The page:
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Wood type and splicing:
The ash shaft is mainly made of maple or Ash wood. Maple wood provides a smooth surface with no grains, and when hitting balls a more rigid and denser reaction is felt when compared to ashwood shaft. We use Canadian high grade maple. Ashwood consists several arrows on the shaft that could assist a player's shot alignment; and each cue has an unique grain pattern. Realistically speaking, grains do nothing when you are aiming, since your eyes are focused on cue tip, white ball and object ball during a shot. Some players prefer uniform looking arrows, some prefer the wildness, it is up to individual. There is no real correlation between grain pattern and cue playability, as strength is determined by uniformity of the inner shaft core. We don't want you to get a cue with good looking grain pattern but without good feel, since shaft qulaity and playability is main focus.

Ash shaft is more flex in nature thus create a more reactive feel when compared with maple. In general, ebony is used as the butt, as it gives strength, rigidity, weight, good thermal expansion and warmth when gripping. Rosewood can also be used for the butt but the weight is lighter and the grip feel is not as great as ebony. All our cues use African Gaboon ebony or Indonesian Macassar ebony, which are both expensive exotic woods. There are many cues in market that do not use real ebony wood, they use other wood materials and dyed black, or even sprayed with black paint, so please be awared when purchasing your next cue. All our cues use authentic ebony, and the two main ebony woods used are:

1) Gaboon ebony - intense jet-black in colour, mainly from Africa
2) Macassar ebony - brown with distinctive strips of black and white natural grain, mainly from India and Celebes islands of Indonesia. Rarer and more dense than Gaboon

Gaboon Ebony
gabon for cue
Macassar Ebony
macassar for cue

Both ebonies are beautiful, exotic and expsenive timbers ideal for butt, and they display similar properties. Splicing and veneers provide extra eye pleasing features, although not really a necessity. We are focused on shaft quality and the overall build-up of the cue, not just trying to build a fanciful piece of art.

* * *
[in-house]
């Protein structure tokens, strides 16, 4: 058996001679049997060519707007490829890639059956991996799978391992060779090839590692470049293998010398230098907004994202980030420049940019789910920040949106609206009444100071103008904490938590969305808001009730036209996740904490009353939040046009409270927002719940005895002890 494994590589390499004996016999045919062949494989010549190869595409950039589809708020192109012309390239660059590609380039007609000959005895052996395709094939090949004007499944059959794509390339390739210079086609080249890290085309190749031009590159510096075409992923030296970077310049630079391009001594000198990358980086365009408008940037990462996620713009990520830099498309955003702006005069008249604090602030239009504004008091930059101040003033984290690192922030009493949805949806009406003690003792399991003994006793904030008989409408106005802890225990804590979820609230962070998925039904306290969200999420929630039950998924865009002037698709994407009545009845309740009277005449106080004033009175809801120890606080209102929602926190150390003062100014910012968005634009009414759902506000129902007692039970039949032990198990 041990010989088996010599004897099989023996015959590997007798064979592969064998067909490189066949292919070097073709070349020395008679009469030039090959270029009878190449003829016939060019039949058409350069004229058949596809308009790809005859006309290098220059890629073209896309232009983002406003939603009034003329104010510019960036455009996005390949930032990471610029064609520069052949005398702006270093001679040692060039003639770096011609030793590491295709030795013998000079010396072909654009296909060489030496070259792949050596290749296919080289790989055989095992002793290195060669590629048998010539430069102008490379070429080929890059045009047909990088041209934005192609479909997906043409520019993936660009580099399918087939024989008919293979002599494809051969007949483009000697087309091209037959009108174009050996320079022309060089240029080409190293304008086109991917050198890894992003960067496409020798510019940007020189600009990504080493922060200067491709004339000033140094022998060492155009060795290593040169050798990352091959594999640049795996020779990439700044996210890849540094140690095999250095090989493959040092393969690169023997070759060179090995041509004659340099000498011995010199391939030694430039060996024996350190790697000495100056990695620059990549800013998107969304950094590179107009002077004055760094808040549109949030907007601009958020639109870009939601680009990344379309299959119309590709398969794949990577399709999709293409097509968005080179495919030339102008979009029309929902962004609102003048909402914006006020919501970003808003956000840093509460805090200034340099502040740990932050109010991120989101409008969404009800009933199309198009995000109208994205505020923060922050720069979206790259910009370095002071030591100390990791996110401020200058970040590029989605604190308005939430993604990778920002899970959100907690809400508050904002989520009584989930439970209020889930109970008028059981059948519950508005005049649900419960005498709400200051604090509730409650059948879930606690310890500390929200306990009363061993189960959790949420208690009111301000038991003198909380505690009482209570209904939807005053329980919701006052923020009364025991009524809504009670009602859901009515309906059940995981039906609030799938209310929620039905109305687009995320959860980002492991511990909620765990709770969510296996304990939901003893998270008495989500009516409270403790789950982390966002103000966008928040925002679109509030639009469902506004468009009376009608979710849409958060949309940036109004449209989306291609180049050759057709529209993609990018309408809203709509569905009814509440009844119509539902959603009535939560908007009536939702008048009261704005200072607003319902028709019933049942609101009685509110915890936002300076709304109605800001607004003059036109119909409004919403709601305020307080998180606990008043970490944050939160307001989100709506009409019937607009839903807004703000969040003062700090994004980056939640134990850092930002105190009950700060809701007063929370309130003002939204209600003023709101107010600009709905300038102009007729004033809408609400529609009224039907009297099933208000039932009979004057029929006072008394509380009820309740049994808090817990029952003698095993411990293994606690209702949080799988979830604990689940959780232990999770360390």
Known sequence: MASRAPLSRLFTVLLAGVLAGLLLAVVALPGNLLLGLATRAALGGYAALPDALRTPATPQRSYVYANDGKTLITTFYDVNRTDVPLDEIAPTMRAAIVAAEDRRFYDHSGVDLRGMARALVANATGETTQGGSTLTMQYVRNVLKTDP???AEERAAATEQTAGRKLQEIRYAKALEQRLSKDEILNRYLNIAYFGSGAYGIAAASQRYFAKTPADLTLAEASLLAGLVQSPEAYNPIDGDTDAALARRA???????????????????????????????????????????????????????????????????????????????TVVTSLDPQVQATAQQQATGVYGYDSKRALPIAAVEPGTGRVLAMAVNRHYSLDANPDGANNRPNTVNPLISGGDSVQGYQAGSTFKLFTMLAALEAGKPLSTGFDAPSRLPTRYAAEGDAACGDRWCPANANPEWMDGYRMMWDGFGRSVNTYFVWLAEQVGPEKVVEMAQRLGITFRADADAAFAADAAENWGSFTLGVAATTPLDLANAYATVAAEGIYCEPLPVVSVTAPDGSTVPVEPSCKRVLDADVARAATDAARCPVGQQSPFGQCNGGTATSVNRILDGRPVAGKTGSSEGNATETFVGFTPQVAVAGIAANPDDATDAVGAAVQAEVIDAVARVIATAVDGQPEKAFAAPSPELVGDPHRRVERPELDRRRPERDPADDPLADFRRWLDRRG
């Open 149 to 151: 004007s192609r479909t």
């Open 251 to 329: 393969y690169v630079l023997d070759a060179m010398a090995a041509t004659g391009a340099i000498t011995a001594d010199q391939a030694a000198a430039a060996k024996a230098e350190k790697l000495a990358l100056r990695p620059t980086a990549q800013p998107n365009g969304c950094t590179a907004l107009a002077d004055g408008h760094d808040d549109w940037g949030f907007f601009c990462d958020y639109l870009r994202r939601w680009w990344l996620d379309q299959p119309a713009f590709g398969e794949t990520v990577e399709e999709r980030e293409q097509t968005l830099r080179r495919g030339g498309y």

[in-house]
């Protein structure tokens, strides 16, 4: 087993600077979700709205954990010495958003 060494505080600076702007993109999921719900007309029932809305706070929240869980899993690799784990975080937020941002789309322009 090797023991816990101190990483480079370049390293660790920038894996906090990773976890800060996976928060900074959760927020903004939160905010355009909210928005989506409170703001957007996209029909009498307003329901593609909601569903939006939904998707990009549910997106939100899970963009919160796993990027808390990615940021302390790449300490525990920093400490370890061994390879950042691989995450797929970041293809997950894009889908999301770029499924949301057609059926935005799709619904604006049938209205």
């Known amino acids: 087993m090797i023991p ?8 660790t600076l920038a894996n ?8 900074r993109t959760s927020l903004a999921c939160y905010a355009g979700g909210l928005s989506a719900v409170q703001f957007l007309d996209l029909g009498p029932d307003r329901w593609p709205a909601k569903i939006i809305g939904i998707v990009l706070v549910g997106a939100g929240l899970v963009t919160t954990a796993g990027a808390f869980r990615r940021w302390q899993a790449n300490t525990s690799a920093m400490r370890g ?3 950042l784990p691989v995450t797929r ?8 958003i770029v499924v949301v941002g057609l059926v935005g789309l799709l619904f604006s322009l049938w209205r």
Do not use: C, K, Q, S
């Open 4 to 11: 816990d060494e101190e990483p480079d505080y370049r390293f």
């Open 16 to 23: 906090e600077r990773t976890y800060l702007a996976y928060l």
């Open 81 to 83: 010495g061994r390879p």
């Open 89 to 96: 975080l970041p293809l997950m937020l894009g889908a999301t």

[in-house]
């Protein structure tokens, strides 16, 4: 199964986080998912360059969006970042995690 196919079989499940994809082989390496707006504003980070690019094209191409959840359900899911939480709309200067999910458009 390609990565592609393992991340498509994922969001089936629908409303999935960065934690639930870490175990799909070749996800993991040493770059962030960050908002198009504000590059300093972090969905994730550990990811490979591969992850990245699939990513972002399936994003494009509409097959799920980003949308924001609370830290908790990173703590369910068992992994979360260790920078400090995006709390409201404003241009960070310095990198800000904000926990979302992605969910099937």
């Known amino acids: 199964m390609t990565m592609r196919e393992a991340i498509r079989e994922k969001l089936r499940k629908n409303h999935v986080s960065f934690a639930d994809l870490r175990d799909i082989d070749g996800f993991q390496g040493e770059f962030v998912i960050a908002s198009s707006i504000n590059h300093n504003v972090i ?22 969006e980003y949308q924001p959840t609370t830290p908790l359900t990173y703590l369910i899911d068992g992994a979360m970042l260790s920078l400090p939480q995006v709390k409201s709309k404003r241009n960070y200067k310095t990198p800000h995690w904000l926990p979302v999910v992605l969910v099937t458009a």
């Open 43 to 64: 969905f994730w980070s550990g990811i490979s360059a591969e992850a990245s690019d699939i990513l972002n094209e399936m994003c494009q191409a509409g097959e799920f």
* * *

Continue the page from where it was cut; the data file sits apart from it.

All our cues are balance at around 17" from butt, with or without joint. For 3/4 cues, joint is at around 14 inches from butt end. Weight should not be too forward weighted and most of the weight should be resided at around 17" from butt end. This balance point is designed for players with orthodox stance, with chin on cue. Unless a player has a more unusual stance (eg standing up), the balance point designed is optimum for traditional stance. This facilitates smooth cue actions for shots such as deep screws shots and enhances efficiency when cueing amongst the balls. Most professional players play shots that look easy and effortless because their cue actions are as ideal as possible and the cue's balance point is right for them and allow them to use the cue efficiently and swiftly, a great example is Ronnie O Sullivan. A proper stance and cue action will give you a better chance to improve your overall game in the long run.

Its a matter of personal feel. But most cues should be around 18Oz, this weight allows your arm to swing quick enough for effortless screws and sufficient power. A cue that is too heavy, will not allow your arm to swing fast, and a screw shot can becomes a stun shot. A cue that is too light, will make shots become less solid and needs more power to move the white, which make shots deviate. Also, dependant on what type of table cloth you are playing on; and the quality of balls are available. Table clothes vary from clubs to clubs on standard tables. The more experienced player will be able to detect change in clothe material; change in nap directio. And for snooker balls that have been used for years, their sizes can get smaller due to friction, especially the white ball, that is the ball being hit most. Hence difference in cue balls weight can make ball reaction different at some shot angles. On one extreme, you might be playing on a championship clothe with new set of balls; on another extreme you might be playing with old balls and old clothe. All these inconsistencies may affect the way you cue; and cause inconsistency in your game. A cue weight of around 18 oz gives you a better chance to settle down quickly on any tables.